Brad Pitt wasn't the only one to donate to the fight against Prop 8. In 2008 Steven Spielberg also plunked down $100,000 in hopes of defeating the anti-marriage equality bill. Spielberg, who made the donation with his wife Kate Capshaw, said: "By writing discrimination into our state constitution, Proposition 8 seeks to eliminate the right of each and every citizen in our state to marry regardless of sexual orientation. <a href="http://www.eonline.com/news/spielberg_makes_like_pitt_supports/30446#ixzz1sDFjEXxY" target="_hplink">Such discrimination has NO place in California's constitution, or any other.</a>"
In August 2011, <a href="http://www.huffingtonpost.com/2012/02/03/miley-cyrus-why-i-got-my-gay-marriage-tattoo_n_1253130.html" target="_hplink">Cyrus tattooed</a> a small "equals" sign on her middle finger, in support of same-sex marriage. She later told <em>Glamour</em> that the idea of not being able to marry the person you love more than anything in the world makes her "feel sick to her stomach."
Penn played the role of slain gay rights activist Harvey Milk and was awarded an Oscar for his incredible portrayal. During his acceptance speech Penn said: <blockquote>"I think that it is a good time for those who voted for the ban against gay marriage to sit and reflect and anticipate their great shame and the shame in their grandchildren's eyes if they continue that way of support. We've got to have equal rights for everyone."</blockquote>
Pink chose to set the video for her 2010 hit "Raise Your Glass" at a gay wedding. "I threw my best friend's wedding in my backyard -- [she] is gay and she married her wife, and it was absolutely beautiful," <a href="http://www.mtv.com/news/articles/1649597/pinks-raise-your-glass-video-celebrates-gay-marriage.jhtml" target="_hplink">she told MTV News</a>. "At the end of it, her mom said, 'Why can't this be legal?' and started crying. It was just the most heartbreaking thing I've ever seen, so that's why I'm doing it in my video. "
The entertainment mogul has long been an ally to the LGBT community. In a 2009 Huffington Post blog written as an open letter to then NY Governor David Paterson, Simmons said: <blockquote>"You have recently done this in showing support for the legalization of gay marriage. <a href="http://www.huffingtonpost.com/russell-simmons/dear-governor-paterson-an_b_188307.html" target="_hplink">History will show you are right</a> and will we support you on this issue."</blockquote>
Portman and husband Benjamin Millepied <a href="http://www.eonline.com/news/natalie_portman_benjamin_millepied_say/245874" target="_hplink">were among the stars</a> who signed Freedom to Marry's "I Do" open letter, which called on President Obama to declare his support for marriage equality.
The son of two lesbians, Wahls gave an <a href="http://www.huffingtonpost.com/2011/12/01/zach-wahls-iowa-student-marriage-equality_n_1123020.html" target="_hplink">incredible pro-gay marriage, pro-gay parenting speech</a> in front of the Iowa House of Representatives in February of 2011. The speech was so inspiring that it went viral on the Internet not just in February of 2011 but then again nearly 11 months later in December of 2011. Up next, Wahls will serve as co-chair for "The Outspoken Generation," the Family Equality Council's national youth advocacy initiative <a href="http://www.huffingtonpost.com/2012/04/06/zach-wahls-outspoken-generation-ella-robinson-gay-parents_n_1408703.html" target="_hplink">involving the young adult children of LGBT parents.</a> http://www.huffingtonpost.com/2012/04/06/zach-wahls-outspoken-generation-ella-robinson-gay-parents_n_1408703.html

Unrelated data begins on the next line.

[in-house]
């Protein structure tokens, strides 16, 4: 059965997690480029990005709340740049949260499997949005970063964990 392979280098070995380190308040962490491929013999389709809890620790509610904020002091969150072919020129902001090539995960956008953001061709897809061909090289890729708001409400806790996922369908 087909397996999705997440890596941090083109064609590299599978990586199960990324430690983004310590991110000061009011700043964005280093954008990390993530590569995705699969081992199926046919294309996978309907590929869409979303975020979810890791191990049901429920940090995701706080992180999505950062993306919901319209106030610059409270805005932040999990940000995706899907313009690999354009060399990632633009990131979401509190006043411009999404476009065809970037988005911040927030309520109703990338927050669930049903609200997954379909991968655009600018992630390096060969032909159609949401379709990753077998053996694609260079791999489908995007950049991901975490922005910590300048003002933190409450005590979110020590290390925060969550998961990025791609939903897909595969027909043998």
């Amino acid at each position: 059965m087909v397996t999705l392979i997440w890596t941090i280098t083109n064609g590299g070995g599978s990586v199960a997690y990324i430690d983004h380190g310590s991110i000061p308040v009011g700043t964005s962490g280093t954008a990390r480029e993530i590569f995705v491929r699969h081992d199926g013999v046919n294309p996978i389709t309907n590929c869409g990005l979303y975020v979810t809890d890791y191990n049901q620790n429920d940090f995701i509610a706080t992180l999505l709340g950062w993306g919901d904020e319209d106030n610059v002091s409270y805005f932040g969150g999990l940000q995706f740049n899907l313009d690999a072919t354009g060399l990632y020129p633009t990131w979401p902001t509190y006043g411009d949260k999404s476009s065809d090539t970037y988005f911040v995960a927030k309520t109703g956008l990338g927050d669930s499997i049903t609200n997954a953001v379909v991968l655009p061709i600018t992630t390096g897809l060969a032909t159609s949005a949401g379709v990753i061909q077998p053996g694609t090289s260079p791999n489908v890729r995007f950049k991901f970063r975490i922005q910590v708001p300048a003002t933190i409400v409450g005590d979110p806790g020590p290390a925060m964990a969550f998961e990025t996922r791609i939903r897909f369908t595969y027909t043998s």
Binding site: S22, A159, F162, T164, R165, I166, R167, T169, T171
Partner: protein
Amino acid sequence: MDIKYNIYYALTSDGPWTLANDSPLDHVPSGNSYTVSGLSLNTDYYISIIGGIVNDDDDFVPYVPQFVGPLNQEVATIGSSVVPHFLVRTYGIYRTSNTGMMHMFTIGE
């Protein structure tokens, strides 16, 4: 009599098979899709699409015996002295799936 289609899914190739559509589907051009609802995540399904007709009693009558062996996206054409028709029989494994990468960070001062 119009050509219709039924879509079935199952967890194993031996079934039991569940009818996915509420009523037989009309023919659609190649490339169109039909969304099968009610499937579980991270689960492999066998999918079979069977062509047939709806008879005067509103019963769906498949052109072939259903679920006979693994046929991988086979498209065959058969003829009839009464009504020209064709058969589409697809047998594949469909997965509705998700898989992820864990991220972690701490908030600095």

Following New York's historic passage of a same-sex marriage bill in June 2011, Jennifer Aniston <a href="http://www.mtv.com/news/articles/1666491/jennifer-aniston-gay-marriage-vote.jhtml" target="_hplink">told MTV News:</a> "It's great! I thought it was unbelievable. So exciting in this time and that it happens to be Gay Pride weekend. What a great weekend."
In a recent interview with "the Advocate," the longtime LGBT ally, addressed rumors about his own sexuality and <a href="http://www.huffingtonpost.com/2012/02/29/george-clooney-advocate-gay-rumors-marriage-brad-pitt_n_1310901.html" target="_hplink">affirmed his dedication to supporting his gay friends</a>: <blockquote>"I think it's funny, but the last thing you'll ever see me do is jump up and down, saying, 'These are lies!' That would be unfair and unkind to my good friends in the gay community," Clooney said. "I'm not going to let anyone make it seem like being gay is a bad thing. My private life is private, and I'm very happy in it. Who does it hurt if someone thinks I'm gay? I'll be long dead and there will still be people who say I was gay. I don't give a sh*t."</blockquote>
The wrestling star and Division I wrestling coach recently launched Athlete Ally, a 501(c)(3) nonprofit organization which aims to <a href="http://www.huffingtonpost.com/hudson-taylor/gay-college-sports-coaches_b_1210651.html" target="_hplink">educate and empower straight allies in sports</a> to speak out against homophobia and transphobia.
Hutcherson is <a href="http://www.huffingtonpost.com/2012/04/16/josh-hutcherson-glaad-vanguard-award_n_1428460.html" target="_hplink">the youngest person to ever be honored by GLAAD with the Vanguard Award for his work with the LGBT community</a>, which includes the founding of Straight But Not Narrow, a campaign that "is primarily directed to the young, straight male by using comedy and their peers to positively influence their views on LGBT teens." The teen, who filmed a video for SBNN (see above) told SamaritanMag.com, "...[the campaign] hits close to home for me. I have a lot of gay friends in Los Angeles. My roommate's gay and I lost two uncles when I was young to AIDS, so it's an important cause in my family."